Facebook now has four formats, or locations, for mobile ads–in the news feed on the home page, in the news feed in mobile, on the right-hand side, and on the log-out page. And last week, it announced the ability to run just mobile ads instead of having to do desktop and mobile ads simultaneously.

The mobile newsfeed ads have really high engagement and good results, Jacobs says. Click-through rates are 1% to 5%, or 10 times higher than on standard Facebook ads. That suggests that mobile has a huge upside for Facebook, since clicks on its other ads are way lower than the average display ad.

However, conversion rates, or the rate at which people buy something, fill out a form, or the like, are one-third lower. She doesn’t say why. Other marketers and agencies have suggested that it’s likely people using their devices on the go, such as in or near stores, simply buy the product in the store, but that purchase doesn’t get attributed to the Facebook ad.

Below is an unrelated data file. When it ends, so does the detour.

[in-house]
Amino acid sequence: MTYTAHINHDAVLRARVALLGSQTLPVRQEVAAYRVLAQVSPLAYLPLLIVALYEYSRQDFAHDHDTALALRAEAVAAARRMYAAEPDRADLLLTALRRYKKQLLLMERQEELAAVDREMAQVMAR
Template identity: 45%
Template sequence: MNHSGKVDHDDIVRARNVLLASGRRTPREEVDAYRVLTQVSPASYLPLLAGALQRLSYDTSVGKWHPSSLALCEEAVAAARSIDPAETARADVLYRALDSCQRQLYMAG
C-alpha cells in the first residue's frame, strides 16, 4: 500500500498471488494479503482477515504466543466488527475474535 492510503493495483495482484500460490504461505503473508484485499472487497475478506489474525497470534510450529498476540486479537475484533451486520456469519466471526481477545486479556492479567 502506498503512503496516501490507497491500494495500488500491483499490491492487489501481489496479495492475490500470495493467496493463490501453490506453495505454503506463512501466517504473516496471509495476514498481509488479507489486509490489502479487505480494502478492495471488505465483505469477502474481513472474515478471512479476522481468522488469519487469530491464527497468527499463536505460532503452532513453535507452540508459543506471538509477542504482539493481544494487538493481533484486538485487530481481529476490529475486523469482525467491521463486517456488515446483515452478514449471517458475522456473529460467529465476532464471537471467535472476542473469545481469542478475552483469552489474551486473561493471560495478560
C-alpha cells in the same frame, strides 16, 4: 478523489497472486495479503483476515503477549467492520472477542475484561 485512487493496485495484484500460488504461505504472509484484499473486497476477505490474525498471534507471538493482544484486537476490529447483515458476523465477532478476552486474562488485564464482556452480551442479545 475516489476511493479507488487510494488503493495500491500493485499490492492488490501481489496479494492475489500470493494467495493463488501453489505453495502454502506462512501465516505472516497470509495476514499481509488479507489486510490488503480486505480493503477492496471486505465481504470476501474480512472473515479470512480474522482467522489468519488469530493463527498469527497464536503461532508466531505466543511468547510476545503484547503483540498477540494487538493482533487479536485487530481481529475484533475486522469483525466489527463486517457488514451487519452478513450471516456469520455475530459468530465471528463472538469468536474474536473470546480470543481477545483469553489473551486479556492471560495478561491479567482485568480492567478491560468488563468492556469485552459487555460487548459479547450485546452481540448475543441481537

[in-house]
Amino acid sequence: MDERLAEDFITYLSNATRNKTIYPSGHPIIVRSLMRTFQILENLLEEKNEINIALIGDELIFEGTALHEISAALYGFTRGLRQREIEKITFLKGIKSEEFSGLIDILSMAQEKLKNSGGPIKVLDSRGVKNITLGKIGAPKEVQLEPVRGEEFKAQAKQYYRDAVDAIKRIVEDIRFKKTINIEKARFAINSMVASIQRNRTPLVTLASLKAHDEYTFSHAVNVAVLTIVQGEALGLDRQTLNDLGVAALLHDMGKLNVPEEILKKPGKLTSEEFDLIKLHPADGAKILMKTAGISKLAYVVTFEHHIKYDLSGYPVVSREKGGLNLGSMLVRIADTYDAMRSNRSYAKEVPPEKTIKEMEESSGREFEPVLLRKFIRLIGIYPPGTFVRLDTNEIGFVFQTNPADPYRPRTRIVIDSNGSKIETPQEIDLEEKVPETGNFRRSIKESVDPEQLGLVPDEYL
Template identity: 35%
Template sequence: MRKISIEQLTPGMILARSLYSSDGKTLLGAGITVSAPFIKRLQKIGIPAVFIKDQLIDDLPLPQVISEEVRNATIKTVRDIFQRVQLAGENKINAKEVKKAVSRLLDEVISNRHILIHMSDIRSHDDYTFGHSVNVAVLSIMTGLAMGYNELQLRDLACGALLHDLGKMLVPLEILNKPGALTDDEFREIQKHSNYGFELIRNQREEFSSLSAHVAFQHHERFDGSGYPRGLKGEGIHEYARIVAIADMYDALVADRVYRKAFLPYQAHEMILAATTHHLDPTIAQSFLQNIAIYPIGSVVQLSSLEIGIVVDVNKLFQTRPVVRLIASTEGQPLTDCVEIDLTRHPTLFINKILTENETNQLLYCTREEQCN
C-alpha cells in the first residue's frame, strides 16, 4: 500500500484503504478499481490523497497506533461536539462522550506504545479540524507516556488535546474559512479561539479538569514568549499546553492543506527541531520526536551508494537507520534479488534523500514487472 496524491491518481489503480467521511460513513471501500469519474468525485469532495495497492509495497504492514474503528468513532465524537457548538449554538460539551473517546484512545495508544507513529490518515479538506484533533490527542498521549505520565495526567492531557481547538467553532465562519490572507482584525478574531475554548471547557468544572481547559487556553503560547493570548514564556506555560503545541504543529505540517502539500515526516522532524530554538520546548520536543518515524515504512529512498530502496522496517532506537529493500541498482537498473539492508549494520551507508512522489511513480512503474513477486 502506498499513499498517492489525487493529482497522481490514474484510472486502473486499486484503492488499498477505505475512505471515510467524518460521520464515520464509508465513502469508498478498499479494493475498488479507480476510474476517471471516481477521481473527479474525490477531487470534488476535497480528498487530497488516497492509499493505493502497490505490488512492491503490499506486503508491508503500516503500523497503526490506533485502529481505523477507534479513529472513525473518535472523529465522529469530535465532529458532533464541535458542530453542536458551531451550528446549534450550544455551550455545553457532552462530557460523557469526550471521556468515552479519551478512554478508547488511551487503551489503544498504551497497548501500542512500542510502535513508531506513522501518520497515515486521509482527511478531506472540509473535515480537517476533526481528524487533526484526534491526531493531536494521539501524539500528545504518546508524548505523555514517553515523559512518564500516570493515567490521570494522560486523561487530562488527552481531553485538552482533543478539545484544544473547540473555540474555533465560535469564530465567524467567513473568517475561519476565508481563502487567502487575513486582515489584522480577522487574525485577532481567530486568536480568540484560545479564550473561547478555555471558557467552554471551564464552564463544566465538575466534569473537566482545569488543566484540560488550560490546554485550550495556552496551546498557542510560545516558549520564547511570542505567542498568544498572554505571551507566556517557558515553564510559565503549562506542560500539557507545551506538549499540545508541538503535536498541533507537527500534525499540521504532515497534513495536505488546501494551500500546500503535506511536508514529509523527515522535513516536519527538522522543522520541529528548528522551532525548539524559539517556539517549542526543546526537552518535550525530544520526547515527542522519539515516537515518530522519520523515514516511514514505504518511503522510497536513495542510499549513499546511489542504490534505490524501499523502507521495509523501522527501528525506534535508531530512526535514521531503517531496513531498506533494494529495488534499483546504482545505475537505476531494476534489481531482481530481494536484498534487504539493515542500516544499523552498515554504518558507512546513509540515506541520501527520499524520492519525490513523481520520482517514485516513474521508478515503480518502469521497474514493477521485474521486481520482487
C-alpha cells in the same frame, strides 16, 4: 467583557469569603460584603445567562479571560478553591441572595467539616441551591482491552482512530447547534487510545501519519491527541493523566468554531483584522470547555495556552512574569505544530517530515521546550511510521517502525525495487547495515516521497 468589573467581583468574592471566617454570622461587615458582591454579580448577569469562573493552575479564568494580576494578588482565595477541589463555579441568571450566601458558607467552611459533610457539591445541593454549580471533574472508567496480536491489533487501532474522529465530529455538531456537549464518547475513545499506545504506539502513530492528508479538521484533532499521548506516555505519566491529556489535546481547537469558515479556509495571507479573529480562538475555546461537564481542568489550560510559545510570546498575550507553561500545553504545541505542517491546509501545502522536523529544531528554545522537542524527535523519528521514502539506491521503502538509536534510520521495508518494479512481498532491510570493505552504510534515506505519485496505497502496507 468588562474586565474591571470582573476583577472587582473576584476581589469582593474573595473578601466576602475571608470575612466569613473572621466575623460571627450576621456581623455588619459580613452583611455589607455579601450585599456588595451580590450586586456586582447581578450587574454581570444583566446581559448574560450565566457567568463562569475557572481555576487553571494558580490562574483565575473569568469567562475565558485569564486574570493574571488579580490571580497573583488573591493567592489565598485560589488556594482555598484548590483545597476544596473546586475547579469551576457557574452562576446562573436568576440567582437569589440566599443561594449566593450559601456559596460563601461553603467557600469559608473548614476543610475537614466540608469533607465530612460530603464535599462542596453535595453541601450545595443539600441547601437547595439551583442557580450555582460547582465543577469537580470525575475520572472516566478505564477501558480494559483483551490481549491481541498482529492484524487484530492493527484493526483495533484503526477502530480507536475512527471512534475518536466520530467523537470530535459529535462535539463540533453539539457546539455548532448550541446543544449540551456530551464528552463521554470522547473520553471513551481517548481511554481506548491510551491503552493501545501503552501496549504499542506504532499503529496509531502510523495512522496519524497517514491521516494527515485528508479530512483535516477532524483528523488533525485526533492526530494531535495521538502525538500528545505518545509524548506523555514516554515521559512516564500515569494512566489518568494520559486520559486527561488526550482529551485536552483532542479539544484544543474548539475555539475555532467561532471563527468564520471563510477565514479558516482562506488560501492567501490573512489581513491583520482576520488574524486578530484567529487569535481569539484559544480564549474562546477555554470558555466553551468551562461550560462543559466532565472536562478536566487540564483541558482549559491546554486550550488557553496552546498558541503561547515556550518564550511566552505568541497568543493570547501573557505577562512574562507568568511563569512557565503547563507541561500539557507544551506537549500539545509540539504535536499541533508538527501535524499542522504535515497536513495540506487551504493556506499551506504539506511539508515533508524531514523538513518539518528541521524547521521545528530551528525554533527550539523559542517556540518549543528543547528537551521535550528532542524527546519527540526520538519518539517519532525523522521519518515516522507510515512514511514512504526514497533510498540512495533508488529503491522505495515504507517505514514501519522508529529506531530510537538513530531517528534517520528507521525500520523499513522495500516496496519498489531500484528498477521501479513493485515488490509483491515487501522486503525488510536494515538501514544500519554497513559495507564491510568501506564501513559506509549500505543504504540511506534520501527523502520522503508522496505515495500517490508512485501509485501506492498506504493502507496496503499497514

Jacobs offers several tips and tricks for brands using mobile ads on Facebook:

Read the complete post at The New Persuaders.

What’s the Next Breakout Mobile Startup? Here’s What VCs Think

Cross-posted from my Forbes.com blog The New Persuaders.

Mobile computing is arguably the most disruptive force in tech right now. Just look at what it did to Zynga’s stock today. Or what it has already done to Facebook’s and Google’s shares.